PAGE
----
The article by Carol Tilley is a rare insight to the business during those time periods. It is easy to see in the details that the pressures and problems that troubled comic book publishing in those past decades remain the same problems the current publishers face, though with one significant exception: one of the main issues Cridland was trying to analyize was the vast (and increasing) rate of returns from the market, dealing with the problem of large amounts of comics never even getting into distribution at all, but being carried from the distributor directly into returns without ever getting near a newstand, like some weird money-laundering operation.

Comic book "heist" trial beginsMSN News

Police ultimately recovered all 532 comic books that had been taken, according to an arrest warrant. Included were the first Spiderman, Fantastic Four and X-Men,plus several early Captain America comics. The victim placed the total value at $204,500.

New "International" The Batman trailer comes out Yahoo News

Superhero death booksGamesradar

From Gwen Stacy to Jean Grey to Superman to... well, everybody

In the early '80s, Marvel Comics began popularizing the idea of superhero death and rebirth as a storytelling (and even marketing) tool 'Dark Phoenix Saga,' in which Jean Grey died only to be resurrected a few years later when the course of storytelling demanded it.

...But the concept of superheroes dying and returning from the dead truly took hold in 1992's landmark story 'The Death of Superman' (still some of the highest-selling comic books and then subsequent collections of all time), which took not just the comic industry but mainstream media by storm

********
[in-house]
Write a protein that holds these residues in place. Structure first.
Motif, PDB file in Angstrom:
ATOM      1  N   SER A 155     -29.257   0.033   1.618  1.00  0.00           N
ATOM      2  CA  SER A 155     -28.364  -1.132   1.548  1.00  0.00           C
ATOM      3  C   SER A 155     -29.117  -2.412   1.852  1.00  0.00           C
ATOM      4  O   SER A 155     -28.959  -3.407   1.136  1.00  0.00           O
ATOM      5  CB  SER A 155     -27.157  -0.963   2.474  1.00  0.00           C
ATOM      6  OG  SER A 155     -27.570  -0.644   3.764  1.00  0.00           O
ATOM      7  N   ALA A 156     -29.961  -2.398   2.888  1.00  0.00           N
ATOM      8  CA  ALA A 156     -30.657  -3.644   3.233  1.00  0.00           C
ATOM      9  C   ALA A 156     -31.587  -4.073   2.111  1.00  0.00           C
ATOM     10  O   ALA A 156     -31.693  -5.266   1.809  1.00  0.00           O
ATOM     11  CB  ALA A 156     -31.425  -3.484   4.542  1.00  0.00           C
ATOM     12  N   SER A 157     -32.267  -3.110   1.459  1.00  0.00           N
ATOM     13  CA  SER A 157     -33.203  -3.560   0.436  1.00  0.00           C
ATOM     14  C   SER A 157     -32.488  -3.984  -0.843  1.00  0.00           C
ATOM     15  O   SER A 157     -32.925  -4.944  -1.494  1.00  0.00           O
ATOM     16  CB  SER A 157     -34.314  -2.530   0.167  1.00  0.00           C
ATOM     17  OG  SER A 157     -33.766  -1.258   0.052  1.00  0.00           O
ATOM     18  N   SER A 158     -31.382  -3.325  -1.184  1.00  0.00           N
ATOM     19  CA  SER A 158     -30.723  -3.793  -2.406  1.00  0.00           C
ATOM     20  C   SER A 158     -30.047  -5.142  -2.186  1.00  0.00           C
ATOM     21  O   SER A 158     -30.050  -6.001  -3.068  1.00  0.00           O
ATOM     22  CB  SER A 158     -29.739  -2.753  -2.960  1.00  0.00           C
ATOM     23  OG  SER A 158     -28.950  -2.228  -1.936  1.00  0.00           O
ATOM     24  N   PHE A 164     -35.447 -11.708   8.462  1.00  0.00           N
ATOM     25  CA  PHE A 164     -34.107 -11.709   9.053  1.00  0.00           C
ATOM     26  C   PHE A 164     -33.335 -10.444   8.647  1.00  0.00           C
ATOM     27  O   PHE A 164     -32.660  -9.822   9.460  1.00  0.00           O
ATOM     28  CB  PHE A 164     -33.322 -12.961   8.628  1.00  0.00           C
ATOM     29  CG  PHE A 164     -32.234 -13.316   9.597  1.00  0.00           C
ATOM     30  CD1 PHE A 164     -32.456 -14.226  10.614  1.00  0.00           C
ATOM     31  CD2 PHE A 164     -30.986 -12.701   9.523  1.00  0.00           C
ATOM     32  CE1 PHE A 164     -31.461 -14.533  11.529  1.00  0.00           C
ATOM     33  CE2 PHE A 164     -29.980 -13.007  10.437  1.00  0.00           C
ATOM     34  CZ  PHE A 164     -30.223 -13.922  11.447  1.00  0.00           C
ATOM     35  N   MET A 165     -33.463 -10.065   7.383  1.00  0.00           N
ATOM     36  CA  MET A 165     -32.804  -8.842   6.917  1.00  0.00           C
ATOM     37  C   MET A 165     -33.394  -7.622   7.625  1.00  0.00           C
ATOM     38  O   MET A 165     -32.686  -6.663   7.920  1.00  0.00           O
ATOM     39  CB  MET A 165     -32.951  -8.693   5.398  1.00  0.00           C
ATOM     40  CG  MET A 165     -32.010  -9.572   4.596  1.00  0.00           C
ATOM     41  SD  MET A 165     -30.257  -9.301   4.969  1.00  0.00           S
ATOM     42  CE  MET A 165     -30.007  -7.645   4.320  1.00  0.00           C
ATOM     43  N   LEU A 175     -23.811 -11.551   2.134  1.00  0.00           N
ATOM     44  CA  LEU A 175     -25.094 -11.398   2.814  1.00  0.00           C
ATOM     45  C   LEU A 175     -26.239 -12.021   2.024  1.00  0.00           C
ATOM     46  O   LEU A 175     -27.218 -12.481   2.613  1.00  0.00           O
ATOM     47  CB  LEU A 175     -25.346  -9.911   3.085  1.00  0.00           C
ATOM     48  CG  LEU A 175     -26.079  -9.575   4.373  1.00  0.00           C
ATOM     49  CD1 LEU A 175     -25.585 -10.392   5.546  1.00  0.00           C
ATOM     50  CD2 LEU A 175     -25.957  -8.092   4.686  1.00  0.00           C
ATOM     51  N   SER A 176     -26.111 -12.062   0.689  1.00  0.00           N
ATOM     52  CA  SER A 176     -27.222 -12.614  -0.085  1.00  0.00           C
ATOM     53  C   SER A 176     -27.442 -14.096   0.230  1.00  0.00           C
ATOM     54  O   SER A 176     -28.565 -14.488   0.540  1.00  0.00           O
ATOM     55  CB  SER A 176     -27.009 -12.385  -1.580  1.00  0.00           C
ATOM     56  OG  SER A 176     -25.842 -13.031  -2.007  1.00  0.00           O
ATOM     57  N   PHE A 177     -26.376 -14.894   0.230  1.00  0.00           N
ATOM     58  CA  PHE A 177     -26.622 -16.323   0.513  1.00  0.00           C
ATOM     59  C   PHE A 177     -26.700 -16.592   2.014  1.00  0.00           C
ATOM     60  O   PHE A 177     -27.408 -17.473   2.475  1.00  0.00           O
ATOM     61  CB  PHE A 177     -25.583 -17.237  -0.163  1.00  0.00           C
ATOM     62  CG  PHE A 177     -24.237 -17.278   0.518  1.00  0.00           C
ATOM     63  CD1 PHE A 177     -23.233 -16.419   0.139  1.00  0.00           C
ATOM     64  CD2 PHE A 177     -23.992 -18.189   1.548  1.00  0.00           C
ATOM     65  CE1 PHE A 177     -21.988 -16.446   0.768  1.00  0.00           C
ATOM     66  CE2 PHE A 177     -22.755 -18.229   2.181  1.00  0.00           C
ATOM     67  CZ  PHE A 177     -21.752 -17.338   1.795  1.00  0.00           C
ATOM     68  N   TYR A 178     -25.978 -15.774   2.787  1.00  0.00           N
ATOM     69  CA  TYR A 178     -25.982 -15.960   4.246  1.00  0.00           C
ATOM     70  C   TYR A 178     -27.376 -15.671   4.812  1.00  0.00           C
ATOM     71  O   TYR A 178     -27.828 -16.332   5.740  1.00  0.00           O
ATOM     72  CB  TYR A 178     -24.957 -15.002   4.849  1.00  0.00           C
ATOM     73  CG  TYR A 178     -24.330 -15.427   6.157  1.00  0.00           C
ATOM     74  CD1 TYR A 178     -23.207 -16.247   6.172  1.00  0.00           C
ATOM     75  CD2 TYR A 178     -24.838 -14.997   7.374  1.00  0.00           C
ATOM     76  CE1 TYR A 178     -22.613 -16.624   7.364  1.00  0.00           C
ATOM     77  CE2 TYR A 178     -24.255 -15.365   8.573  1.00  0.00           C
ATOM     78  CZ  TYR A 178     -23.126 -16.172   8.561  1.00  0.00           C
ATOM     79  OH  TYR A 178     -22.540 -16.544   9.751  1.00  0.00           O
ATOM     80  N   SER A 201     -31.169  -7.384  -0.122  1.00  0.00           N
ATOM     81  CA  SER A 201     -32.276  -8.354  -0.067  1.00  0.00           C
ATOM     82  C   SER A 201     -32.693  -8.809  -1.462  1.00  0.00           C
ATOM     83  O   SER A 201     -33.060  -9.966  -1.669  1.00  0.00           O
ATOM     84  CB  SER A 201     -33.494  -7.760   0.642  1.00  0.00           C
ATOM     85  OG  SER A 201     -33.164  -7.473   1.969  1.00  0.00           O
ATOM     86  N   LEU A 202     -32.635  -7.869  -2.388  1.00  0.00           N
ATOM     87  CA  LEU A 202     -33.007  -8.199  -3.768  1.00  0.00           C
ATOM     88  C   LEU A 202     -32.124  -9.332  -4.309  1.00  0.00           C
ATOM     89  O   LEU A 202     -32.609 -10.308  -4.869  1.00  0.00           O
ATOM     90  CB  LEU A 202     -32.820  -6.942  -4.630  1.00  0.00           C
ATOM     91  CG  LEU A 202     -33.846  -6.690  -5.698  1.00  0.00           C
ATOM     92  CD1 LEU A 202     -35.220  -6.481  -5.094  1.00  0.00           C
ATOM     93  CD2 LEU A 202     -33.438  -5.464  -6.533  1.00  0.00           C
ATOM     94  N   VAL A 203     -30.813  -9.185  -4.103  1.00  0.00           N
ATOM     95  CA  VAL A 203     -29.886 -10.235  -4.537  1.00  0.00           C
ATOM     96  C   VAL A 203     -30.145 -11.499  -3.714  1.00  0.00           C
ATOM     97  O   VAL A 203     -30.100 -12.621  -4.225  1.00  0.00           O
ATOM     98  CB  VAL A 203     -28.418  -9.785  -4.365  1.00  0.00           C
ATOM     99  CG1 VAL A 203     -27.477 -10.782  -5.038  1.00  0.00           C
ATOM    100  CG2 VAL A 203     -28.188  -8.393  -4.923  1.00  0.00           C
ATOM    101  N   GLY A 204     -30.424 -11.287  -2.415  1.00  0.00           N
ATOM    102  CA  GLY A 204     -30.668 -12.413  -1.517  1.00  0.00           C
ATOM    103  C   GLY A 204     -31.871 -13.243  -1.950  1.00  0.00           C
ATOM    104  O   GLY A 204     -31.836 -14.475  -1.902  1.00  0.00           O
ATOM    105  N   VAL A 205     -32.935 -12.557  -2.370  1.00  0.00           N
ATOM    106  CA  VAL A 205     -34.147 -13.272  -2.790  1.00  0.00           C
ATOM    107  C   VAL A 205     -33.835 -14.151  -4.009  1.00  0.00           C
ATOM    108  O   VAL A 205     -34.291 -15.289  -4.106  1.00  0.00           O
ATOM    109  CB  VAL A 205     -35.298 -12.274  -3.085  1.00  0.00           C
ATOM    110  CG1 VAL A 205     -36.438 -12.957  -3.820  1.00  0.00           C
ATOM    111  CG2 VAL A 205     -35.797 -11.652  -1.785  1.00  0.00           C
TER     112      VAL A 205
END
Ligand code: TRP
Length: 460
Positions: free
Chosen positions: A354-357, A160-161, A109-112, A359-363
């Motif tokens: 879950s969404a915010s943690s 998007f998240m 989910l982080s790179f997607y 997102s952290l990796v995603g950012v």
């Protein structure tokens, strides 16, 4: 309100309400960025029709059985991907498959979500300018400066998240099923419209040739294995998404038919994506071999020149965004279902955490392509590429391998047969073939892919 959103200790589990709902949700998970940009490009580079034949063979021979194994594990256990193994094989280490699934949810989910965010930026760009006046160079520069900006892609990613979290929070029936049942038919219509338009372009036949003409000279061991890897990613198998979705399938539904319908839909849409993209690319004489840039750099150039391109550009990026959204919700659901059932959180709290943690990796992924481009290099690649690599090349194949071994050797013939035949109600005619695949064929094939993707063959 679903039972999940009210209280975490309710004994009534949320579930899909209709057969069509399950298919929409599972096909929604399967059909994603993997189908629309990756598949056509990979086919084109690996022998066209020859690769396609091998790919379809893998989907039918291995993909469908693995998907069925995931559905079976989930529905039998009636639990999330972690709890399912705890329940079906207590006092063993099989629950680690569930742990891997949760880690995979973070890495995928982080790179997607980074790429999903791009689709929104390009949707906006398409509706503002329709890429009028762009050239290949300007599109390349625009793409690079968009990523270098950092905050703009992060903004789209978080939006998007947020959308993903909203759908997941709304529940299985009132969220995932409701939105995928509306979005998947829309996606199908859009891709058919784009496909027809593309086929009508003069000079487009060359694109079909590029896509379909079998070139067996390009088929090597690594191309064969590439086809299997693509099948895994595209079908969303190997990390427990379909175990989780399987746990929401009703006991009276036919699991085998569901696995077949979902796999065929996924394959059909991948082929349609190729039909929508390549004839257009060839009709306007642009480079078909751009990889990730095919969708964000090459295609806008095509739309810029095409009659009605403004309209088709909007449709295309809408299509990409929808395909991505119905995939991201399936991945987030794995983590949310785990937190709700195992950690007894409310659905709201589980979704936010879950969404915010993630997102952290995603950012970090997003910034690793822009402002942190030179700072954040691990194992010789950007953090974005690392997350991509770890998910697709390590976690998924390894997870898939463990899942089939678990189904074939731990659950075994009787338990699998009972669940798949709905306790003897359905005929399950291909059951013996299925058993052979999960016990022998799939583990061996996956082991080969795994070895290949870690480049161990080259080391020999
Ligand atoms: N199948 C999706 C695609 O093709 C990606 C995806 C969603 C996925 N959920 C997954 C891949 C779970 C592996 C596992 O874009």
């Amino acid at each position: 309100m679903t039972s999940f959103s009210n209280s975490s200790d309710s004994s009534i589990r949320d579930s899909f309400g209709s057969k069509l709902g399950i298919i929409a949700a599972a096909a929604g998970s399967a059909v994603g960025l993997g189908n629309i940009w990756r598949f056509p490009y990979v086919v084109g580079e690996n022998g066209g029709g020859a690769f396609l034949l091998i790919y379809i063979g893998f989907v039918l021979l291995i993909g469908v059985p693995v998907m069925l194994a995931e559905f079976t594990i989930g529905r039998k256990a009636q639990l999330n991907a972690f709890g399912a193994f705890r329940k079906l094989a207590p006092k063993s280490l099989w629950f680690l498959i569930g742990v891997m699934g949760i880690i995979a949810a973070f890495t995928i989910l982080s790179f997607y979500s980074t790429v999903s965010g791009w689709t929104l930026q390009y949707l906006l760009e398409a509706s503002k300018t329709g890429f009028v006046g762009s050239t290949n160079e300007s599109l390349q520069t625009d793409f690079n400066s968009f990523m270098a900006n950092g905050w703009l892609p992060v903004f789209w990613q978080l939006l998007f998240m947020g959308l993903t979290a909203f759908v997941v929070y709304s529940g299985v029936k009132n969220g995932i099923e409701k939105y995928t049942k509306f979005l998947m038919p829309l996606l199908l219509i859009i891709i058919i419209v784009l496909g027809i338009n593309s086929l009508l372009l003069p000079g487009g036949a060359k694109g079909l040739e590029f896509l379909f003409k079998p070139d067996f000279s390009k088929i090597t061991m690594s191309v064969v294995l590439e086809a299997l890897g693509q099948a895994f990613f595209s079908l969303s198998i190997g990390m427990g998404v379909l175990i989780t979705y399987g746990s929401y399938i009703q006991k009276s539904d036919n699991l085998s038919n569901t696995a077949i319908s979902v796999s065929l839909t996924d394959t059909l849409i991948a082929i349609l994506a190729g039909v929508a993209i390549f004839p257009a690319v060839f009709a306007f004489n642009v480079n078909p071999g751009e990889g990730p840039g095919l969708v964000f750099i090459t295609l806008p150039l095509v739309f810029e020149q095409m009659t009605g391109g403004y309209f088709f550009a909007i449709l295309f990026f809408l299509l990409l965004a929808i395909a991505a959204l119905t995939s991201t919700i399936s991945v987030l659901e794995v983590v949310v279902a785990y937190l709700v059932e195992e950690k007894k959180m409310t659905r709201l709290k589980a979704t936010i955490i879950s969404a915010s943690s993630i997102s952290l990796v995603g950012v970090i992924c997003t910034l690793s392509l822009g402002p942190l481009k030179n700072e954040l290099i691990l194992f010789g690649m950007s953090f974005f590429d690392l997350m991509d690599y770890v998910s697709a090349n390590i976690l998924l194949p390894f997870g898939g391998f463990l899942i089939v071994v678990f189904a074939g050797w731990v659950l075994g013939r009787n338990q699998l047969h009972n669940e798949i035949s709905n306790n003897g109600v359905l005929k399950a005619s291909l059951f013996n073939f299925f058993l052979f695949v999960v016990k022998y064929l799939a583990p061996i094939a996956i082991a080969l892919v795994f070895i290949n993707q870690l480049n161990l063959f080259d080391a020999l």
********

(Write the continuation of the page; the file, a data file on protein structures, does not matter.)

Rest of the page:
Burt Ward talks about friendship with Adam WestMovie Guide

The price of nostalgia is risingWorthpoint

Folks, I work for Heritage Auctions and have been with the company since 2003. I’ve seen tremendous growth for this auction house, which had a humble beginning as a company specializing in rare coins and currency. When I first started as a cataloger for the Comics Division, I wondered how long it would be before the bubble burst, and prices for old funny books would stall and then fall. But after nearly nineteen years of observing the values for collectibles, I can tell you that the bubble has been replaced with a steel-reinforced replica of Uncle Scrooge’s money bin!

But hold on a minute. Who really is buying all these impossibly-expensive items? Who has the dough to shell out over three million for something like a single page of comic art? The artwork wasn’t the only big-ticket item over this three-day event. Somehow, another unrestored and nice-looking copy of Action Comics #1 turned up, the 1938 ten-center that introduced Superman to the world. It sold for $3,180,000. Batman’s first appearance was also represented by a copy of Detective Comics #27, originally published by DC Comics in 1939. Coming in at 4.5 on the CGC scale, this unrestored beauty traded hands for over a million; so did a copy of Archie Comics #1, with copies of Marvel Comics #1 and More Fun #73. There were plenty of other big-sellers in this auction. But who is doing all this buying?

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Original page February 6, 2022